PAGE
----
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Chris Chiarella Posted: Oct 22, 2014 0 comments
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At its best, science fiction sparks the imagination, inspiring the question, “What if…?” And in the world of cinema, this enthusiasm gives way to conjecture, even debate: Remember the decades of geek chatter about the version of Blade Runner that might have been, eventually leading to Ridley Scott’s Final Cut? We come away from Frank Pavich’s remarkable documentary Jodorowsky’s Dune with that same excitement. The second half of that title is no doubt familiar, either as Frank Herbert’s seminal novel or as the much-reviled 1984 film by David Lynch that it eventually became. The first part, not so much: Chilean-born filmmaker Alejandro Jodorowsky is perhaps best known for the surreal Western El Topo, widely considered the first “midnight movie” for its offbeat appeal.
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Josef Krebs Posted: Oct 22, 2014 0 comments
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Is man ruled by heaven or his own will? Is the great flood coming again? Does man deserve to survive? Often defying logic, this mythological story where miracles occur regularly explores such questions. Noah, who follows the ways of God and respects fellow creatures, is conservationist, vegetarian, but not pacifist, slaughtering those who oppose the Lord’s work. Those, the descendants of Cain, have created cities, ripping minerals from the land to forge weapons and armor. But the land is dying, and the cities are dead. And since selfish man has broken the world and exploits other creatures, God decides to annihilate humans. This, once the family is isolated on the ark and all special effects are done with, sets off a smaller, more intimate drama closer to Greek tragedy with sons murderously set against father.
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David Vaughn Posted: Oct 15, 2014 0 comments
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U.S. Air Marshal Bill Marks is assigned to a transatlantic flight from New York to London, but the seemingly routine assignment is anything but. Shortly after takeoff, he starts receiving cryptic text messages on his secure government phone informing him that a passenger will die every 20 minutes unless $150 million is transferred into an offshore bank account. When people start dropping like flies, Marks frantically tries to find the killer, but he always seems to be one step behind him.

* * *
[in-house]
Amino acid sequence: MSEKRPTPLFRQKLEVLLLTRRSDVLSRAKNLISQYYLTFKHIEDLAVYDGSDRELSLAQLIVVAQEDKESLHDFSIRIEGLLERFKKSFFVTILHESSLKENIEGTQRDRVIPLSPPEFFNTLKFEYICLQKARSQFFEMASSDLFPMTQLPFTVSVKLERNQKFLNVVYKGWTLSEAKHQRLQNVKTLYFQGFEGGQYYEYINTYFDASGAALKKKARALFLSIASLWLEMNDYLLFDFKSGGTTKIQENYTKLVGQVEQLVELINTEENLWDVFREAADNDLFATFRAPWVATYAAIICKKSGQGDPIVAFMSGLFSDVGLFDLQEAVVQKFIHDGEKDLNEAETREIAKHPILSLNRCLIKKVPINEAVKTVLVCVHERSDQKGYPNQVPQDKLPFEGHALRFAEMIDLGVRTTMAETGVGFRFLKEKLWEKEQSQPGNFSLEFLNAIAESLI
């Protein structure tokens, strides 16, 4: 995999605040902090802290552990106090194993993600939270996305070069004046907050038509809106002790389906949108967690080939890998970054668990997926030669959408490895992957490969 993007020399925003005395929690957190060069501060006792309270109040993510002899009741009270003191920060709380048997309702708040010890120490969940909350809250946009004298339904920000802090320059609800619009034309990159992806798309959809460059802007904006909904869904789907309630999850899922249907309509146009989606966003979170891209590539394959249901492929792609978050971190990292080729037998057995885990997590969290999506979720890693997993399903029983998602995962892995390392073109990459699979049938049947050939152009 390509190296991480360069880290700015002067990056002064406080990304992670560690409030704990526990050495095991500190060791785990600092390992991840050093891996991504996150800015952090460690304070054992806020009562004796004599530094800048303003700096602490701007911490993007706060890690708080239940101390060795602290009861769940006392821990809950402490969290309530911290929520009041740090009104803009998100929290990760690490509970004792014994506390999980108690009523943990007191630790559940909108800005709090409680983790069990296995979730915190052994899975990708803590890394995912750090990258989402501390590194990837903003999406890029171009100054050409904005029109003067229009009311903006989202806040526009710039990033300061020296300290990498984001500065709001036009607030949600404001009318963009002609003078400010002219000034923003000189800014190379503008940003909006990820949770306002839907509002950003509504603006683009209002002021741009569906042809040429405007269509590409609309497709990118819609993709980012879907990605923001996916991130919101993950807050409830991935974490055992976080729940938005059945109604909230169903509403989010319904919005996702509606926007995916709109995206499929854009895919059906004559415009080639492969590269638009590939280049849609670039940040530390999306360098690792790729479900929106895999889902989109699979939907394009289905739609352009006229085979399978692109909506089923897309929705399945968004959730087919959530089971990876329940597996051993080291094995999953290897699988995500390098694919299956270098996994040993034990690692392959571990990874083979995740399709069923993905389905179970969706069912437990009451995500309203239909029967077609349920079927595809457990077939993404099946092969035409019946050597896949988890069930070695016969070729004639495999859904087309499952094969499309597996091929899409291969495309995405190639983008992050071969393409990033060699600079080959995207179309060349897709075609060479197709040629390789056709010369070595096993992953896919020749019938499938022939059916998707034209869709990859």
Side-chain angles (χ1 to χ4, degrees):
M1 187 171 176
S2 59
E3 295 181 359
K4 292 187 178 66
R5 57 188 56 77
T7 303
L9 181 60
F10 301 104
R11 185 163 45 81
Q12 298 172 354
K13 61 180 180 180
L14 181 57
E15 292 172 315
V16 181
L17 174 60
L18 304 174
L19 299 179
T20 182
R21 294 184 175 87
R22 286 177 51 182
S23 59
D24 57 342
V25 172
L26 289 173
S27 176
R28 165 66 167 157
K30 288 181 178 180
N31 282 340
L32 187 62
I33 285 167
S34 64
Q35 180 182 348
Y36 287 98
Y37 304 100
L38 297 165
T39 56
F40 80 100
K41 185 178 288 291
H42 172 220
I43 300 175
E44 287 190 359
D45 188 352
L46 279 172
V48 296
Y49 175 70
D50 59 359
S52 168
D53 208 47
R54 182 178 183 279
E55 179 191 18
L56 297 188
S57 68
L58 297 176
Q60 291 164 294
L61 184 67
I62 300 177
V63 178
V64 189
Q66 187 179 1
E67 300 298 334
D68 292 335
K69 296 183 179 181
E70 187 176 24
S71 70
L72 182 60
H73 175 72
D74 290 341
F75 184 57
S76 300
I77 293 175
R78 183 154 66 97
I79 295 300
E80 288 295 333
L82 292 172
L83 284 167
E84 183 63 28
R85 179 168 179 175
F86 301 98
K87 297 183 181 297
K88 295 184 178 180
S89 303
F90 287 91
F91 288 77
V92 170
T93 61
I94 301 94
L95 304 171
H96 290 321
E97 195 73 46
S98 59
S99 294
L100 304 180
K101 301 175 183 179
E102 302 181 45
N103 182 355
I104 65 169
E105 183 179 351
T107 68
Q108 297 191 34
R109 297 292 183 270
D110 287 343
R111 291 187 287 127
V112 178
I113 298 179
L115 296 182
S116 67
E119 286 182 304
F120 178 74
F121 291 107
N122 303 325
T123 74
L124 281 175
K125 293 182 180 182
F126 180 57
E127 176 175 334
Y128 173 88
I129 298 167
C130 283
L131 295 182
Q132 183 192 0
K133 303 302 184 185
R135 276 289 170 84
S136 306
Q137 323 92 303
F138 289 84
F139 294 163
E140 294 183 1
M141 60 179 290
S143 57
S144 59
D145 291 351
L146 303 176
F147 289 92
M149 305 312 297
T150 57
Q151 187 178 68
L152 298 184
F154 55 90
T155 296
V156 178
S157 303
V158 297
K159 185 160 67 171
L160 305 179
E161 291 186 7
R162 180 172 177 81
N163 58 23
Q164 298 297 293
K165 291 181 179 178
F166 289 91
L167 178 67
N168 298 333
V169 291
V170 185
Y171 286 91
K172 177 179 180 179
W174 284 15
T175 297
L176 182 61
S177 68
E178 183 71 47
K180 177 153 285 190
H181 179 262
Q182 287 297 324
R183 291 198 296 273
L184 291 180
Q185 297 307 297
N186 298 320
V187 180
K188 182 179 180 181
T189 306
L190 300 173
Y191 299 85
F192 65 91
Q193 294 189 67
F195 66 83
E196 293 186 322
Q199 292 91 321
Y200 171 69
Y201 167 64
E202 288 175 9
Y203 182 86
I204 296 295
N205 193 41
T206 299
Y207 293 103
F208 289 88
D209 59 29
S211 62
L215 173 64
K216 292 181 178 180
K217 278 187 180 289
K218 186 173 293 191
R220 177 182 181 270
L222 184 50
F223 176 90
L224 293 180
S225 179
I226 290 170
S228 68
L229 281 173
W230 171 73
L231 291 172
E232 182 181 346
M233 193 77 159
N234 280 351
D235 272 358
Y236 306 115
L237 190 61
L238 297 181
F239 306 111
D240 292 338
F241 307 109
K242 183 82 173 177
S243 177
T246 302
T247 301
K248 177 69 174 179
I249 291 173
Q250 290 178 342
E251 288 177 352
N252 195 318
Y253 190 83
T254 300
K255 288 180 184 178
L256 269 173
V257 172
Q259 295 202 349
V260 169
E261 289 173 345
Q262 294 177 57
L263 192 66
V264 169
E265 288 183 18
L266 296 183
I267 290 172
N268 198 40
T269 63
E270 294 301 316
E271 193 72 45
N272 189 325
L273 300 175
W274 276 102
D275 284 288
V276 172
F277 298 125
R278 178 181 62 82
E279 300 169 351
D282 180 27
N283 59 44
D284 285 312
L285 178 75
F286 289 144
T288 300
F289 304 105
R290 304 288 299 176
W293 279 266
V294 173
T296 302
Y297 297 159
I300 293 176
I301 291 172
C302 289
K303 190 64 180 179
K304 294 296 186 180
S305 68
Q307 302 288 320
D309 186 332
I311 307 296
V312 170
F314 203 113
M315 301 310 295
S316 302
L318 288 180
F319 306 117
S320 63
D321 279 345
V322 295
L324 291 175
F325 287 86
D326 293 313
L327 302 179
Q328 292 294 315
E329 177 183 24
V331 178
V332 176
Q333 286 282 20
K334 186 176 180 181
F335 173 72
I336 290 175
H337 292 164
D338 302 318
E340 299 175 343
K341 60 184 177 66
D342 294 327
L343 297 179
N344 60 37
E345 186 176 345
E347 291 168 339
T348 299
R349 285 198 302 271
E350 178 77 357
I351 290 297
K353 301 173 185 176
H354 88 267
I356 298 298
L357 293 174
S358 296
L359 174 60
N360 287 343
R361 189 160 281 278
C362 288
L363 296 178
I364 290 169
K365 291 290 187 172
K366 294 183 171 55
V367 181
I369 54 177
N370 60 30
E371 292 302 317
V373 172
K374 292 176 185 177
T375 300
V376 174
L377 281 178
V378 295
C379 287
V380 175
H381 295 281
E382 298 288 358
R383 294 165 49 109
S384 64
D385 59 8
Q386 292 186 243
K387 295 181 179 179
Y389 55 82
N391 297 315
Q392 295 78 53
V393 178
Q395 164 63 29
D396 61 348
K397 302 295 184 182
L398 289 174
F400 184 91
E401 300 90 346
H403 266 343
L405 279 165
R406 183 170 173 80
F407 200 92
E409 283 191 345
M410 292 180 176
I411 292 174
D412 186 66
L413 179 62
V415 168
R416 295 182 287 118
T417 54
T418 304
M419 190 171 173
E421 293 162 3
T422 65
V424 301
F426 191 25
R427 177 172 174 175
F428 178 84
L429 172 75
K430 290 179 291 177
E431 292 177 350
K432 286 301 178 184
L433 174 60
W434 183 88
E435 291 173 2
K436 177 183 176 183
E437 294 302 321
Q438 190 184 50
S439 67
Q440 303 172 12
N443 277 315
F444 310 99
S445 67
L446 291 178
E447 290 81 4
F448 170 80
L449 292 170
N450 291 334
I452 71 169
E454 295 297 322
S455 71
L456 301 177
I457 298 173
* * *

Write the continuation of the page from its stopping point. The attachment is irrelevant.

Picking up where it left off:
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Josef Krebs Posted: Oct 15, 2014 0 comments
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What makes a man a man and not a robot? This is the question at the heart of RoboCop. People can feel, preventing them from hurting a child, where a robot won’t care. But the manufacturer of all this equipment, OmniCorp, argues that humans can also feel fear, anger, despair, and disillusion—and can be corrupted. The way OmniCorp decides to circumvent the law is to combine the body of a robot with the brain of a man.
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Thomas J. Norton Posted: Oct 10, 2014 0 comments
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In the first 15 minutes of Pompeii, I wondered if it was heading toward a mashup of Gladiator and The Horse Whisperer. But the horsey part turned out to be just a minor plot (such as it is) driver. The lead character had been a slave since childhood, begins as a star sword-to-hand fighter in a backwater Britannia arena, has a seething grudge against the Romans for killing his family, soon becomes a gladiator in Pompeii, pals up with another gladiator (a big African, natch), and together they score a major victory in the arena against a faux Roman army in front of a vile, powerful Roman senator. Sound familiar?
Joe
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Anthony Chiarella Posted: Oct 10, 2014 0 comments
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Hard-drinking, chain-smoking ex-convict Joe (Nicolas Cage) frequents hookers, instigates deadly dog fights, and makes his living managing a gang of day laborers charged with deforesting a Texas backwater—hardly a soft-hearted guy. Yet, when 15-year-old Gary (Tye Sheridan) comes looking for a job, hell-raising Joe quickly befriends the boy and eventually risks his life to save him from his violent, alcoholic father, Wade (Gary Poulter, who died shortly after the film’s release). Heralded as Cage’s return to serious dramatic roles, Joe is primarily a character study of its hero, portrayed with a gritty realism that magnifies the brutality of the film and the desperation of its subjects.
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Corey Gunnestad Posted: Oct 01, 2014 0 comments
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To commemorate the 10th anniversary of its release, Oliver Stone returns once again to his much maligned and misunderstood epic. This is officially the fourth cut of the film, but before you grouse, hear me out. The progression follows thus: The original Theatrical Cut was Stone’s epic vision pared down to a marketable length to appease the studio executives; the Director’s Cut was the result of Stone yielding to pressure to appease the masses and their aversion to the film’s blatant homo-eroticism; and the Revisited Final Cut was a tenacious filmmaker getting the chance to finally realize his passion-project in the version that he originally intended audiences to see. What’s curious, though, about this new Ultimate Cut is that it differs only slightly from the Revisited Final Cut and runs just eight minutes shorter.